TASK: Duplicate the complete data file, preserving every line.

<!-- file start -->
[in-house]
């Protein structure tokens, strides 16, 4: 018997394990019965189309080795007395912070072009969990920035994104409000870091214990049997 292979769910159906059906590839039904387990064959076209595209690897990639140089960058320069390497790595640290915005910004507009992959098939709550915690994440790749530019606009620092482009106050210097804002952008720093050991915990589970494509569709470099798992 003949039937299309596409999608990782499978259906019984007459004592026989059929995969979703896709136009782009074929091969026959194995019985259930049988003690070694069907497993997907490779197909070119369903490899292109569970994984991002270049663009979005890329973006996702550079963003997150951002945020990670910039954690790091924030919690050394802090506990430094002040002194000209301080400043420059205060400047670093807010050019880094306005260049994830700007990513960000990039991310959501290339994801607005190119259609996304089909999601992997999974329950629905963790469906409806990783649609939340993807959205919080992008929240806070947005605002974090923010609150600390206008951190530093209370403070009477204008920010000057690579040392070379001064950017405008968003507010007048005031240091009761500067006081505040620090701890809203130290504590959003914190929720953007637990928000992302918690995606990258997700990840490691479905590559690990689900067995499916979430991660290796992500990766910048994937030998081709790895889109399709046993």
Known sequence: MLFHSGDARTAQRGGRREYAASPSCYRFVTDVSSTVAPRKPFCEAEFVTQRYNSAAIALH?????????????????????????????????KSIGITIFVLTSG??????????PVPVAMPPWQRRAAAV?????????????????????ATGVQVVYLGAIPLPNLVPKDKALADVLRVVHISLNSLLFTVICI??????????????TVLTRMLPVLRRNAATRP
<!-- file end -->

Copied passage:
[in-house]
């Protein structure tokens, strides 16, 4: 018997394990019965189309080795007395912070072009969990920035994104409000870091214990049997 292979769910159906059906590839039904387990064959076209595209690897990639140089960058320069390497790595640290915005910004507009992959098939709550915690994440790749530019606009620092482009106050210097804002952008720093050991915990589970494509569709470099798992 003949039937299309596409999608990782499978259906019984007459004592026989059929995969979703896709136009782009074929091969026959194995019985259930049988003690070694069907497993997907490779197909070119369903490899292109569970994984991002270049663009979005890329973006996702550079963003997150951002945020990670910039954690790091924030919690050394802090506990430094002040002194000209301080400043420059205060400047670093807010050019880094306005260049994830700007990513960000990039991310959501290339994801607005190119259609996304089909999601992997999974329950629905963790469906409806990783649609939340993807959205919080992008929240806070947005605002974090923010609150600390206008951190530093209370403070009477204008920010000057690579040392070379001064950017405008968003507010007048005031240091009761500067006081505040620090701890809203130290504590959003914190929720953007637990928000992302918690995606990258997700990840490691479905590559690990689900067995499916979430991660290796992500990766910048994937030998081709790895889109399709046993």
Known sequence: MLFHSGDARTAQRGGRREYAASPSCYRFVTDVSSTVAPRKPFCEAEFVTQRYNSAAIALH?????????????????????????????????KSIGITIFVLTSG??????????PVPVAMPPWQRRAAAV?????????????????????ATGVQVVYLGAIPLPNLVPKDKALADVLRVVHISLNSLLFTVICI??????????????TVLTRMLPVLRRNAATRP